Introduction to Emacs Shell
While starting up a new job, I’ve been pretty pre-occupied and have
neglected my weekly learning more about the tools I use everyday.
However, I was this morning, I was re-impressed with how well Emacs’
eshell-mode works with Zshell, and thought I’d explain a bit more
After you’ve started Emacs, just hit
M-x and type
eshell and you’ll
start up what appears like a shell process in an Emacs buffer. Most of
the keystrokes you expect from a shell and from Emacs are available,
with a few exceptions:
C-nmove the cursor up instead of replaying the history. Use the up and down arrow keys or
M-nto get the history.
C-ctwice in order to break out things.
!!history works just as you expect.
- Typing the name of an executable runs it, and colors are accepted, so
lsworks as you expect.
- If the command you type isn’t a program available to the shell, it
assumes that it is an Emacs command, so instead of typing
find-fileto load the file up in an Emacs buffer.
- Tab completion is done by Eshell, and isn’t as powerful as Zshell. Does anyone know how we can call Zshell for that feature? Seems like a difficult problem.
Keep in mind that it isn’t an actual Z shell. Type
echo $0 to prove
that nothing is actually running. Eshell just looks like a shell. When
you type in a command, it then spawns off your current shell for
Since Eshell doesn’t have an actual shell executable hanging around, it is a bit more efficient, however, this is why your hot cool Zshell prompt doesn’t display, nor are your aliases available.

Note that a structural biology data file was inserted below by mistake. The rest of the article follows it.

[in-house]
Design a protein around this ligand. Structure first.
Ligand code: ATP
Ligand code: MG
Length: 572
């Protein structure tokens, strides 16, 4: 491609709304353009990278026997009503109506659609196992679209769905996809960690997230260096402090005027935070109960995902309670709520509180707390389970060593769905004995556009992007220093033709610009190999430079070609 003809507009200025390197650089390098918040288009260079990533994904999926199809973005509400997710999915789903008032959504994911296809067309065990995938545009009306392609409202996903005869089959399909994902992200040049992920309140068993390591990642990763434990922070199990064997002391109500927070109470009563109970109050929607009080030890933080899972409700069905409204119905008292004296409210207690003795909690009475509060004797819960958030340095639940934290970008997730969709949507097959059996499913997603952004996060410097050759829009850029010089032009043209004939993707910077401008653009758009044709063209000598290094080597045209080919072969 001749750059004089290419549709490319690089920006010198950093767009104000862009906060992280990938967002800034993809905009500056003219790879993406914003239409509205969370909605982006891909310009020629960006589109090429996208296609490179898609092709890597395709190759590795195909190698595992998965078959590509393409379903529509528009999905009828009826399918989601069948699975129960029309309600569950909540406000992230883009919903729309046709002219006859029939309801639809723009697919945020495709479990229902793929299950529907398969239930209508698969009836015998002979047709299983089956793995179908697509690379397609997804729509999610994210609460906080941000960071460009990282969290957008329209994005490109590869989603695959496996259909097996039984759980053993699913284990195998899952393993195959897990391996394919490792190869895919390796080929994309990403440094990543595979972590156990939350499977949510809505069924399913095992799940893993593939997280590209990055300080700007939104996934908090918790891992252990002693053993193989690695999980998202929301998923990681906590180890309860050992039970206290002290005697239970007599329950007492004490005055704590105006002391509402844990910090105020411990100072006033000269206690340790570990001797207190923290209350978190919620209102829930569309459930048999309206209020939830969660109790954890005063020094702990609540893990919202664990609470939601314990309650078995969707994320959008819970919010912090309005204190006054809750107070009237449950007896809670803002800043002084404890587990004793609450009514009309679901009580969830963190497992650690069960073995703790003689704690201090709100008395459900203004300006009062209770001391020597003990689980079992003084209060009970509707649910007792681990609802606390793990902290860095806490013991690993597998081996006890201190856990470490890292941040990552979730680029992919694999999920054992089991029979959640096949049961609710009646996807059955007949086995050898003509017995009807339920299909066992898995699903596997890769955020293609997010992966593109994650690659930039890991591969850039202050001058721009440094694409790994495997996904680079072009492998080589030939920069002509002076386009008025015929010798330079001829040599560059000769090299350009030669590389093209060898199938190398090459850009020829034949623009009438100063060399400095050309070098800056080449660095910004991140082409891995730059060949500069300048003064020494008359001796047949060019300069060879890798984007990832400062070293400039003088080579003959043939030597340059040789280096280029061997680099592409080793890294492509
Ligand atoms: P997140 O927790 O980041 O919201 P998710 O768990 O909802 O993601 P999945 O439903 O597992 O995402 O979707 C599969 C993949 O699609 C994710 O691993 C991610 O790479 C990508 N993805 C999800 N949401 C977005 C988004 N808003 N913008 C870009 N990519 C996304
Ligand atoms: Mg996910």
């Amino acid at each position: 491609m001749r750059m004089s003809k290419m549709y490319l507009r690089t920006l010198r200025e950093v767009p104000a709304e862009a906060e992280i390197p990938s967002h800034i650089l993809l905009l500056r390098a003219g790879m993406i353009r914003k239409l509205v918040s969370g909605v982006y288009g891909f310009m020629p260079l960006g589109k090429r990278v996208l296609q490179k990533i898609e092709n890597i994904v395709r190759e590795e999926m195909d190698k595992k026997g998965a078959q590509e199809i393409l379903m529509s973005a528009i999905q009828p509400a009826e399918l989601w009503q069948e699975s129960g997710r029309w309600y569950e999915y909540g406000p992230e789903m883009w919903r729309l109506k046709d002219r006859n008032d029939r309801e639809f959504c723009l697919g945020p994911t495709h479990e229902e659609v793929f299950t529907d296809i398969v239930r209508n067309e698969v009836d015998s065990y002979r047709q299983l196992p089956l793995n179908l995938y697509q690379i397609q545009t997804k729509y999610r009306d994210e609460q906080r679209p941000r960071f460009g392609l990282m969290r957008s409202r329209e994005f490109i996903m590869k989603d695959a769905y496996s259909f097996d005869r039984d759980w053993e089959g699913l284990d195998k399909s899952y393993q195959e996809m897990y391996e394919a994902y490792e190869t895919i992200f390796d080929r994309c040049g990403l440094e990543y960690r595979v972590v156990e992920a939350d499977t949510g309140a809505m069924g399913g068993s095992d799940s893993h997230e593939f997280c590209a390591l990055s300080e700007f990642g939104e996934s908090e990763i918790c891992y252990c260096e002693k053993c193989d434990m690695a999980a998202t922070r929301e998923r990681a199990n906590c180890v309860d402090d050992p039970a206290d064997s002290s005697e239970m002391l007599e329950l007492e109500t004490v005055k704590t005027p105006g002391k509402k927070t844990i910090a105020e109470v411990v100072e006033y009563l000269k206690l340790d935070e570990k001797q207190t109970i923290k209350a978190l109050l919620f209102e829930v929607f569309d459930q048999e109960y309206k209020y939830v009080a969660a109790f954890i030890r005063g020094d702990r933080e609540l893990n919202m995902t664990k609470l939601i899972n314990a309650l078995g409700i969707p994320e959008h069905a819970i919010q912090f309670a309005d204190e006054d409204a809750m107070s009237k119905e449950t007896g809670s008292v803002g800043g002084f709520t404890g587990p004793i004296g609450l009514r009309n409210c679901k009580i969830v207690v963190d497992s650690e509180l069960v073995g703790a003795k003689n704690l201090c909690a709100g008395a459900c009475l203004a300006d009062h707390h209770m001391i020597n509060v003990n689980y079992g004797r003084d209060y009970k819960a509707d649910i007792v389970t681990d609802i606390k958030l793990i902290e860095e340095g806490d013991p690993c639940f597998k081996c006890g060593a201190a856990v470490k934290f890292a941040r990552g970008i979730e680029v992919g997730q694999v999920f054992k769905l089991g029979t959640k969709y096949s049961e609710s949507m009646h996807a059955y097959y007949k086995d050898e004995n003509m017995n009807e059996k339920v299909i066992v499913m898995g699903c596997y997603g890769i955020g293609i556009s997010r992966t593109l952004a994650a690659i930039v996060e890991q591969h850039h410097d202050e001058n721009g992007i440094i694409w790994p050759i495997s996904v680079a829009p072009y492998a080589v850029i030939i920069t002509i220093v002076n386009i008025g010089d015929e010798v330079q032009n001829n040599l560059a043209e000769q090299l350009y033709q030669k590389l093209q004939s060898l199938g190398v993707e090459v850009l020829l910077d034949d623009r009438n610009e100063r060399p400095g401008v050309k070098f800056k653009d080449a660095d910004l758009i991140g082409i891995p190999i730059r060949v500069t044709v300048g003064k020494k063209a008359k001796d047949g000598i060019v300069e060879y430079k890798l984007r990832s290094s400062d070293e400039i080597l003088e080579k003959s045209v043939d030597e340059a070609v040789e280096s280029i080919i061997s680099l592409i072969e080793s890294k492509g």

I know, I know. I have a lot of functions and aliases that I depend on,
however, you can add something like the following to
.emacs file to
get back some of what you’ve lost:
(defalias 'e 'find-file)
However, this becomes a global command, not just what is available in Eshell. To localize it, use this instead:
(defun eshell/e (file) (find-file file)) (defun eshell/ee (file) (find-file-other-window file))
Definitely create a
eshell/emacs command just in case you make a
More on Aliases
You can have more traditional aliases if you drop the equals sign, as in:
alias ll 'ls -l $*'
Note: Unlike a normal shell alias, the arguments aren’t automatically
appended, so you need to place the
The aliases that you define in this way are automatically saved. Restart
Emacs and an Eshell, and type
alias and you’ll see all your aliases.
Want to dive in a bit deeper?